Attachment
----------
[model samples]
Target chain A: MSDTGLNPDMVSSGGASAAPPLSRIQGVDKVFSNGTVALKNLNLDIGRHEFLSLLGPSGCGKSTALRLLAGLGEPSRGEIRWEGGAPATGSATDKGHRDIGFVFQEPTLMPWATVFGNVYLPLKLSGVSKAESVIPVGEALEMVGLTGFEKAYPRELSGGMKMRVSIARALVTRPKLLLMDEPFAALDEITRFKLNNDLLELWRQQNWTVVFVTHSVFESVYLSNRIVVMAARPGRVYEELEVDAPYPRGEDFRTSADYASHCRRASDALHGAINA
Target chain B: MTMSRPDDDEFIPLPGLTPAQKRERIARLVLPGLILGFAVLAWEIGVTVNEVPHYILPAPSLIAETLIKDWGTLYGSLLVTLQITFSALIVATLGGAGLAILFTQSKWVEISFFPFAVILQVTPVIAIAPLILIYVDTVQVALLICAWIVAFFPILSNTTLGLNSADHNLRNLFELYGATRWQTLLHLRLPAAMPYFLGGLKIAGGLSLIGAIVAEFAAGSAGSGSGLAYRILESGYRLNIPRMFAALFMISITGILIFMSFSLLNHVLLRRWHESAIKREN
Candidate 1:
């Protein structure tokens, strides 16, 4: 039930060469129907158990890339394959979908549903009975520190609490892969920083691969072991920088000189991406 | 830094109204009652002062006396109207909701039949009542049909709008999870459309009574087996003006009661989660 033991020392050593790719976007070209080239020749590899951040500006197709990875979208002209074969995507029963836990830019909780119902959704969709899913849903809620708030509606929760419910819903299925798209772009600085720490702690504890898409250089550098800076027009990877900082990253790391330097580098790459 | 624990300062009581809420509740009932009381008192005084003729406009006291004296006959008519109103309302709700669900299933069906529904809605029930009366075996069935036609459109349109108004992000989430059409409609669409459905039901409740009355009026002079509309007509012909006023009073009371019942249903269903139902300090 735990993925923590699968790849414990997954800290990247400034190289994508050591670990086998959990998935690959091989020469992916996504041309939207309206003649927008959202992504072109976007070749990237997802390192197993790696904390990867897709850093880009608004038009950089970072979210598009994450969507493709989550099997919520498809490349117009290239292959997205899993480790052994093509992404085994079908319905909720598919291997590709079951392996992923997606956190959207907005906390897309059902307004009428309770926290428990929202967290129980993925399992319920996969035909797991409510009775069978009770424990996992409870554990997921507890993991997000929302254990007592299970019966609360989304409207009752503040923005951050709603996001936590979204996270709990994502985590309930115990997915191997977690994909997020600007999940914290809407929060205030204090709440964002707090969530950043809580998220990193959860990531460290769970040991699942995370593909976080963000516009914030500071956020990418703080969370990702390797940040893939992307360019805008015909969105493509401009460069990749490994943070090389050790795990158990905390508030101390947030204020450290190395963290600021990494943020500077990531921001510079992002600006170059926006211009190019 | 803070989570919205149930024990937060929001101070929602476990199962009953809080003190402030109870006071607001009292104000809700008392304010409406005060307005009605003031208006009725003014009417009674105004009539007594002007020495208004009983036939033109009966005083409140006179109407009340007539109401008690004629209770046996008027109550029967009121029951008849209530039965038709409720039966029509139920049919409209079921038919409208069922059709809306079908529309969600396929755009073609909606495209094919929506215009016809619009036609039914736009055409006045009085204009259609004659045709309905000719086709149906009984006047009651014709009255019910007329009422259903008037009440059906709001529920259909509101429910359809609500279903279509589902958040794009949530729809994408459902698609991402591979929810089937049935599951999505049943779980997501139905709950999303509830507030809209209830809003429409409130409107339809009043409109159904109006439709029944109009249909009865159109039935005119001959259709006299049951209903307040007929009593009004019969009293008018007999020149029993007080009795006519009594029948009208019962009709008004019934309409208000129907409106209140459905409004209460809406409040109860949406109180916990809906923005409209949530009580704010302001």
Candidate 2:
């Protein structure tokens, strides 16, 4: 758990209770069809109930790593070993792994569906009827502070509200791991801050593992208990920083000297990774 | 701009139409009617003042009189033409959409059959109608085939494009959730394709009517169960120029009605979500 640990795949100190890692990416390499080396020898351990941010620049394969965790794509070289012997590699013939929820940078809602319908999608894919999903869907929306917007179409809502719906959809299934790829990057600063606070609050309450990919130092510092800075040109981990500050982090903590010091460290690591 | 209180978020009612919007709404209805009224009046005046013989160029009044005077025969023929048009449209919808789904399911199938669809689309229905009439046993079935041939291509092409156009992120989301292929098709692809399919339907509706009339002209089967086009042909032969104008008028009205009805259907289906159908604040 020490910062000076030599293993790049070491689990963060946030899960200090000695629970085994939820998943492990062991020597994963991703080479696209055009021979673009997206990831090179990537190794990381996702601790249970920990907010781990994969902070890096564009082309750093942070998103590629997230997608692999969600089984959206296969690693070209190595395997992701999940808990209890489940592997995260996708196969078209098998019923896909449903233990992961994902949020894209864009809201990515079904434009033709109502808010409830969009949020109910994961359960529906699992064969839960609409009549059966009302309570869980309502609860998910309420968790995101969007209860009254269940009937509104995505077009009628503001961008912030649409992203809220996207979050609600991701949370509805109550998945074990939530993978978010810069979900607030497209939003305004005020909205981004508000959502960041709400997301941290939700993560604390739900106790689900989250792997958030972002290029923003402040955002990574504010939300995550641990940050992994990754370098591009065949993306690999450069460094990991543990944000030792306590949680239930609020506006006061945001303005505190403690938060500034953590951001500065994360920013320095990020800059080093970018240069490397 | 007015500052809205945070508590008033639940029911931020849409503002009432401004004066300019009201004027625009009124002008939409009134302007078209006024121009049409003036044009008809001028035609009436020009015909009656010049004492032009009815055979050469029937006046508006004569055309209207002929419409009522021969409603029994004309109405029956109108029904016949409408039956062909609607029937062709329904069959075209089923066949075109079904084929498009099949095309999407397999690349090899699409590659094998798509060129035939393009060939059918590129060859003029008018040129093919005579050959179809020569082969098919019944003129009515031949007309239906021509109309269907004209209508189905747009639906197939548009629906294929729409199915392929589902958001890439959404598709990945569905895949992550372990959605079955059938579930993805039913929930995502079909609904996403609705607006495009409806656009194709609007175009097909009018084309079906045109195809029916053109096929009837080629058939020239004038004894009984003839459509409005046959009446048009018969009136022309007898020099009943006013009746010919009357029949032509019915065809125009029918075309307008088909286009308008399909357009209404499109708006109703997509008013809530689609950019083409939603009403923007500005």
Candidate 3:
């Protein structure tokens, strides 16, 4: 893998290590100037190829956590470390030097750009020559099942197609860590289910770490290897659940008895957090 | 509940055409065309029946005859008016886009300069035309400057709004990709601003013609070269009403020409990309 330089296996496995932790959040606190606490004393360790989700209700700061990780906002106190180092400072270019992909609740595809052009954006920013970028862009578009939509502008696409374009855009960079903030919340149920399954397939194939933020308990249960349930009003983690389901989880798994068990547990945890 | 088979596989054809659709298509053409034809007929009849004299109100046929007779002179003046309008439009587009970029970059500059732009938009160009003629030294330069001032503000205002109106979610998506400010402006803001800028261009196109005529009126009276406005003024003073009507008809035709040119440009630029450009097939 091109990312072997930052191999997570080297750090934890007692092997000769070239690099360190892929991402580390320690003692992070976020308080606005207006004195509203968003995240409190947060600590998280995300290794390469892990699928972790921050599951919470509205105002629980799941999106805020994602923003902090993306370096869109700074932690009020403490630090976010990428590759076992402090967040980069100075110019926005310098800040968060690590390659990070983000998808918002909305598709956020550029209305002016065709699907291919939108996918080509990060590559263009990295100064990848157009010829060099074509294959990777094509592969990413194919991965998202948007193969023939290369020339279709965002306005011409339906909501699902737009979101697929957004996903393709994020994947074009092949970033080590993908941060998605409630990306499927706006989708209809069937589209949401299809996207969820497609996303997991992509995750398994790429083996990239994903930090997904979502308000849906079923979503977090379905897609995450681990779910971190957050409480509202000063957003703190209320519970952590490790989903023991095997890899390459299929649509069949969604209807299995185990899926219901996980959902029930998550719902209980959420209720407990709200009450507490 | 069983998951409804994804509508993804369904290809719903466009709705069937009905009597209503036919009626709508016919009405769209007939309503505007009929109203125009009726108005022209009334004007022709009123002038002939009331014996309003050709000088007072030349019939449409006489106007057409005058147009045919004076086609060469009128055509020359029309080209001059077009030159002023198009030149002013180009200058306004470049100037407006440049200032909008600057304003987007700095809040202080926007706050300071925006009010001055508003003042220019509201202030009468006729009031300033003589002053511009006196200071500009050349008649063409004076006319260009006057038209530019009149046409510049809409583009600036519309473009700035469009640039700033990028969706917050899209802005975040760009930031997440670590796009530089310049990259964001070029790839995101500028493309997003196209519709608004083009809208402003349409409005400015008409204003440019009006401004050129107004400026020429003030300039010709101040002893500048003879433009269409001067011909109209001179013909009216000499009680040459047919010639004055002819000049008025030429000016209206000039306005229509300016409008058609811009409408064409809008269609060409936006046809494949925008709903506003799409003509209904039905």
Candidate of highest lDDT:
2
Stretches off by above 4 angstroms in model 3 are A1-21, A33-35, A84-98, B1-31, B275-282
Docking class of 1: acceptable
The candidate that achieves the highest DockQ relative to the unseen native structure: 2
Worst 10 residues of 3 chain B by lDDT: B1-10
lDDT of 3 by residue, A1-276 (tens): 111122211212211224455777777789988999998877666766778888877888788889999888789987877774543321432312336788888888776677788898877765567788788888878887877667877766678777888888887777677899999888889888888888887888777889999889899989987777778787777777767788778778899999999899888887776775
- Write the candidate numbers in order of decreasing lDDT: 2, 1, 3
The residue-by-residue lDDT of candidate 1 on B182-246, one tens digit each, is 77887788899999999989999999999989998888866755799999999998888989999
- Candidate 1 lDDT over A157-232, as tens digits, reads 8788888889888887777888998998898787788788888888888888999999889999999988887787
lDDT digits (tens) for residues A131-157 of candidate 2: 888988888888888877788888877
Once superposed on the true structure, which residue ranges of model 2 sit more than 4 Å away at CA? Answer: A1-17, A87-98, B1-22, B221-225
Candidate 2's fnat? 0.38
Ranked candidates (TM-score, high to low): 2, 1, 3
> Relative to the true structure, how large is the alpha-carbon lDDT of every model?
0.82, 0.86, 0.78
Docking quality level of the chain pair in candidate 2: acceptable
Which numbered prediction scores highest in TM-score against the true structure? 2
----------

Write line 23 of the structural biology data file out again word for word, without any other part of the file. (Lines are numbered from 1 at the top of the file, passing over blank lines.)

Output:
Ranked candidates (TM-score, high to low): 2, 1, 3